"Simple, straightforward changes packaged together would help to improve the global ranking of Irish banks and, most importantly, provide better customer service and loyalty."
Looking to the future, banks such as N26 and Revolut have shaken up markets elsewhere and they have a presence in Ireland, but until they can offer a full suite of services, such as mortgages and pensions, they will remain in the challenger bank space.
"If they were to make moves towards offering those services, it would certainly shake up the traditional landscape of the five pillar banks here," he said.
Among the areas where Irish banks can improve, according to the Deloitte study, is by offering a live chat functionality, making it easier to open current accounts, offering family current accounts, and creating and managing more channels (such as Facebook) to improve customer support in an omnichannel way.
However, the CCPC is looking for more details before it is approved.
The app is being co-ordinated by the BPFI and it said that Synch Payments DAC is continuing to engage with the CCPC and the banks very much welcome that engagement and respect the process.
“We believe the service that will be offered by Synch Payments DAC, subject to CCPC approval, is an important one for Irish consumers,” they said.
As the debate rages about the future of banks and money, it's clear that nothing will remain the same.
As one expert put it: "The change is not over; it's just beginning.”
Ireland’s first ‘cashless cafe’ opened in Dublin a year before the pandemic hit.
Bear Market Coffee is completely cash-free and is run by husband-and-wife team Ruth and Stephen Deasy.
Mr Deasy said they love ‘cashless’ as it has many benefits for them. He said hygiene is a big benefit at the moment as their staff no longer touch cash or coins. He also said that being ‘cashless’ speeds things up.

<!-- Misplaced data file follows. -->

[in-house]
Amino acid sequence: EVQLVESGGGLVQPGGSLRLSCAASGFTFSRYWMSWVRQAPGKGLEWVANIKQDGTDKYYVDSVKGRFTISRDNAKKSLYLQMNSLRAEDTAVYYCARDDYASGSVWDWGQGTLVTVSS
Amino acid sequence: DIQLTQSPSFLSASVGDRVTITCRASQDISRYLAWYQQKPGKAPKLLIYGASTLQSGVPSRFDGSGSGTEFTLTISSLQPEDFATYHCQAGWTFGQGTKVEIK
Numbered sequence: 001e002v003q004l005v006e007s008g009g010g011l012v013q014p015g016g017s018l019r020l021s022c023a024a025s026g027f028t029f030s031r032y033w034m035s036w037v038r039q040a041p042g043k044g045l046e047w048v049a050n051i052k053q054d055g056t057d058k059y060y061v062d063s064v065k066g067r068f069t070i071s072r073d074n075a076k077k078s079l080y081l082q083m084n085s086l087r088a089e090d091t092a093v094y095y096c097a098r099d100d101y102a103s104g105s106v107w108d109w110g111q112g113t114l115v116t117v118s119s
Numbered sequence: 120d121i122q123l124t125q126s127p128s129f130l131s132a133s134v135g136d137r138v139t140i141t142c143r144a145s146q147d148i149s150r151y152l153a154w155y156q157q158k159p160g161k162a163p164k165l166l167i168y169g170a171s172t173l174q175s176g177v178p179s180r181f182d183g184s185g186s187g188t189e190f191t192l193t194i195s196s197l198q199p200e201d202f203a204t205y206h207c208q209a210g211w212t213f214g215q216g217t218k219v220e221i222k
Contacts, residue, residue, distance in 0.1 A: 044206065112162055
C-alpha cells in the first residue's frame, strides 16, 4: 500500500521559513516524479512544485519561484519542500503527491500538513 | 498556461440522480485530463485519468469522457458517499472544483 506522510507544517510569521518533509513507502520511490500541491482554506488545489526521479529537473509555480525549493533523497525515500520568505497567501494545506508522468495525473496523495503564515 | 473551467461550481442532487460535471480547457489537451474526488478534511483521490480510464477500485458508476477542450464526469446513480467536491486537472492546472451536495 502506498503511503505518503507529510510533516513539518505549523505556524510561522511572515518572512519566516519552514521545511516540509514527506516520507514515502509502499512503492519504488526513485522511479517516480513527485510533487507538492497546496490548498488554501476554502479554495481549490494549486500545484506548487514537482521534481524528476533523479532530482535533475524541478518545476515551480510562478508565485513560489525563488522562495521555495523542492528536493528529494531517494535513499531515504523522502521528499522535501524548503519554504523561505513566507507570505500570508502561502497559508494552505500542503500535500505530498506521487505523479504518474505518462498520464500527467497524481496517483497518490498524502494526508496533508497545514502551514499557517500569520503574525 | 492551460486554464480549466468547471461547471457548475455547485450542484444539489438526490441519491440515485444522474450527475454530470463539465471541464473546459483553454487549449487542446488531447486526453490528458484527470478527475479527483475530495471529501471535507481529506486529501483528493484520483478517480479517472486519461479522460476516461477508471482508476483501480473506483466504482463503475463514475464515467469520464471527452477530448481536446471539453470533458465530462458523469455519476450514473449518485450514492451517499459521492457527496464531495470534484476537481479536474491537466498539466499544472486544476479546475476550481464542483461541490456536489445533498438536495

“We worked out that an average cash transaction takes 20 seconds longer than a contactless tap transaction as either the customer or the staff member has to count out change. This benefits both the customer and the business,” he said.
He also said it is much better in terms of security as, with the stores now being cashless, they have seen a notable reduction in security issues.
Mr Deasy also pointed out that, when it comes to bookkeeping and accounting, the back-end accounting system is far more streamlined and efficient.
“Our teams used to spend up to one hour each day counting the tills, safes and end-of-day counts. If there were any discrepancies, everything had to be counted again. This is no longer required.
"We no longer have to pay for cash collection and lodgement,” he said.
Revolut is the new kid on the block when it comes to banking.
According to Revolut themselves, they are building the world’s first truly global financial superapp.
In 2015, Revolut launched in the UK offering money transfer and exchange. Today they have customers all over the world, including one million in Ireland.
According to their website, they say that they help their customers improve their financial health, give them more control, and connect people seamlessly across the world.
Revolut was founded by Nikolay Storonsky and Vlad Yatsenko. It is growing very fast and last year was valued at £4.2 billion. In January this year it applied for a UK banking license.
In a nutshell, Revolut is a smartphone payment app. It is not a bank. Users also have the option to sign up for a prepaid card. Revolut offers banking services such as bank accounts, debit cards, fee-free currency exchange and peer-to-peer payments.
As it is not a bank, funds in Revolut are not covered by any banking guarantee.
One of the main uses is that it allows people to send money to other Revolut users instantly. Much easier than other bankings apps.